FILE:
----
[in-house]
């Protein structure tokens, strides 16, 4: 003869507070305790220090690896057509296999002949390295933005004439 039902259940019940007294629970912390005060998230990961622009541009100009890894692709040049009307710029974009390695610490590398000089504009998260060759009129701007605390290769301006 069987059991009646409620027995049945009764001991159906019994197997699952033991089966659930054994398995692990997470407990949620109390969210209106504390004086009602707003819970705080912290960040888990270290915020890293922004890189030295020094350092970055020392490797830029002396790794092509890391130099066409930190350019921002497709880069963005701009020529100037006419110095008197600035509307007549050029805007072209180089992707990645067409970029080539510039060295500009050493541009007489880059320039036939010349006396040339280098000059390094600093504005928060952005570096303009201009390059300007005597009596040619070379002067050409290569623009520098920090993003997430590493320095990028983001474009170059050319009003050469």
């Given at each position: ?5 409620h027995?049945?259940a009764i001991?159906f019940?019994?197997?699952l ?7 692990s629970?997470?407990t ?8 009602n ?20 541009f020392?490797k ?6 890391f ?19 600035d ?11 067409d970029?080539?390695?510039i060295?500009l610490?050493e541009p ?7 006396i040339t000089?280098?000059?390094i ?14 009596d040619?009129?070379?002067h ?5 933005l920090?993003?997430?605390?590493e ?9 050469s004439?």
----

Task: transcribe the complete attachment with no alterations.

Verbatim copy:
[in-house]
């Protein structure tokens, strides 16, 4: 003869507070305790220090690896057509296999002949390295933005004439 039902259940019940007294629970912390005060998230990961622009541009100009890894692709040049009307710029974009390695610490590398000089504009998260060759009129701007605390290769301006 069987059991009646409620027995049945009764001991159906019994197997699952033991089966659930054994398995692990997470407990949620109390969210209106504390004086009602707003819970705080912290960040888990270290915020890293922004890189030295020094350092970055020392490797830029002396790794092509890391130099066409930190350019921002497709880069963005701009020529100037006419110095008197600035509307007549050029805007072209180089992707990645067409970029080539510039060295500009050493541009007489880059320039036939010349006396040339280098000059390094600093504005928060952005570096303009201009390059300007005597009596040619070379002067050409290569623009520098920090993003997430590493320095990028983001474009170059050319009003050469």
């Given at each position: ?5 409620h027995?049945?259940a009764i001991?159906f019940?019994?197997?699952l ?7 692990s629970?997470?407990t ?8 009602n ?20 541009f020392?490797k ?6 890391f ?19 600035d ?11 067409d970029?080539?390695?510039i060295?500009l610490?050493e541009p ?7 006396i040339t000089?280098?000059?390094i ?14 009596d040619?009129?070379?002067h ?5 933005l920090?993003?997430?605390?590493e ?9 050469s004439?």